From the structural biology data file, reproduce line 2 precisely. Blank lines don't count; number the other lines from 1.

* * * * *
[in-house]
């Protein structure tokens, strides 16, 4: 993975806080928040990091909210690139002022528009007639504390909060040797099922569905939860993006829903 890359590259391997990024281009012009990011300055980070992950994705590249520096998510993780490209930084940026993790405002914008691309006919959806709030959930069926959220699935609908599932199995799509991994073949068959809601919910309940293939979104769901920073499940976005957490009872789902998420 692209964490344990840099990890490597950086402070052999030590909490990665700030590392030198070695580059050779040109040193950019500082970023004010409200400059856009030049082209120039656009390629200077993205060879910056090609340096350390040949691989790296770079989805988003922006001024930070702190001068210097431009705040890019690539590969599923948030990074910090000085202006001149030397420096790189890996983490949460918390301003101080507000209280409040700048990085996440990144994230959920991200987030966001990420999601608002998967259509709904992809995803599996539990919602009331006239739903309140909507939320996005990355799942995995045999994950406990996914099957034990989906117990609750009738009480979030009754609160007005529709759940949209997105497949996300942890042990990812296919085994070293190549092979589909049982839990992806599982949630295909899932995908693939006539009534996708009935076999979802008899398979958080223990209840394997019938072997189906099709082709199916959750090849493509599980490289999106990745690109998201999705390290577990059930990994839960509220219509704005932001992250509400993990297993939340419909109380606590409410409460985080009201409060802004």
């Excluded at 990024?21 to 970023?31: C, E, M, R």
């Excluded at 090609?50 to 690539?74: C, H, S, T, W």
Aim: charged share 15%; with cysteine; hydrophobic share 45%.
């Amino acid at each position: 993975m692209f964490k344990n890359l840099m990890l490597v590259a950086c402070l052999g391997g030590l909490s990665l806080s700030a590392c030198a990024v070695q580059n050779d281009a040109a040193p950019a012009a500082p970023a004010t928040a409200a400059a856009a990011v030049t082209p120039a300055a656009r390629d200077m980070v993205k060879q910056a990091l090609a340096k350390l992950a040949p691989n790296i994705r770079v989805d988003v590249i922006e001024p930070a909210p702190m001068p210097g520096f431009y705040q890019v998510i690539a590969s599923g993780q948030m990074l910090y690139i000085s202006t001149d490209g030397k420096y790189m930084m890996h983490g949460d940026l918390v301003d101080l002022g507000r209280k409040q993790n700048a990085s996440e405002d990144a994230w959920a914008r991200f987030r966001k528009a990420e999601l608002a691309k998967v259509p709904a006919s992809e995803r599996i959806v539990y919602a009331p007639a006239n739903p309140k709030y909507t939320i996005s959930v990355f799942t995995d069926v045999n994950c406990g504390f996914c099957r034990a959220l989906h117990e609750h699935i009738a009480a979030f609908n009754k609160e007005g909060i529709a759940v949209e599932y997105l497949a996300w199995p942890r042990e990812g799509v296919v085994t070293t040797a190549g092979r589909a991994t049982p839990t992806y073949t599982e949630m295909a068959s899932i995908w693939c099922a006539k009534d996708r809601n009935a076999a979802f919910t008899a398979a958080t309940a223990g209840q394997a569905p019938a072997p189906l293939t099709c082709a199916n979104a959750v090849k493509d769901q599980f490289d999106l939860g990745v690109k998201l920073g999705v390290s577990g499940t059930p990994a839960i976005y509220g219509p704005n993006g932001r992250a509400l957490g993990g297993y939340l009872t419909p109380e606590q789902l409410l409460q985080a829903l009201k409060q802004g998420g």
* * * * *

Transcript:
């Protein structure tokens, strides 16, 4: 993975806080928040990091909210690139002022528009007639504390909060040797099922569905939860993006829903 890359590259391997990024281009012009990011300055980070992950994705590249520096998510993780490209930084940026993790405002914008691309006919959806709030959930069926959220699935609908599932199995799509991994073949068959809601919910309940293939979104769901920073499940976005957490009872789902998420 692209964490344990840099990890490597950086402070052999030590909490990665700030590392030198070695580059050779040109040193950019500082970023004010409200400059856009030049082209120039656009390629200077993205060879910056090609340096350390040949691989790296770079989805988003922006001024930070702190001068210097431009705040890019690539590969599923948030990074910090000085202006001149030397420096790189890996983490949460918390301003101080507000209280409040700048990085996440990144994230959920991200987030966001990420999601608002998967259509709904992809995803599996539990919602009331006239739903309140909507939320996005990355799942995995045999994950406990996914099957034990989906117990609750009738009480979030009754609160007005529709759940949209997105497949996300942890042990990812296919085994070293190549092979589909049982839990992806599982949630295909899932995908693939006539009534996708009935076999979802008899398979958080223990209840394997019938072997189906099709082709199916959750090849493509599980490289999106990745690109998201999705390290577990059930990994839960509220219509704005932001992250509400993990297993939340419909109380606590409410409460985080009201409060802004």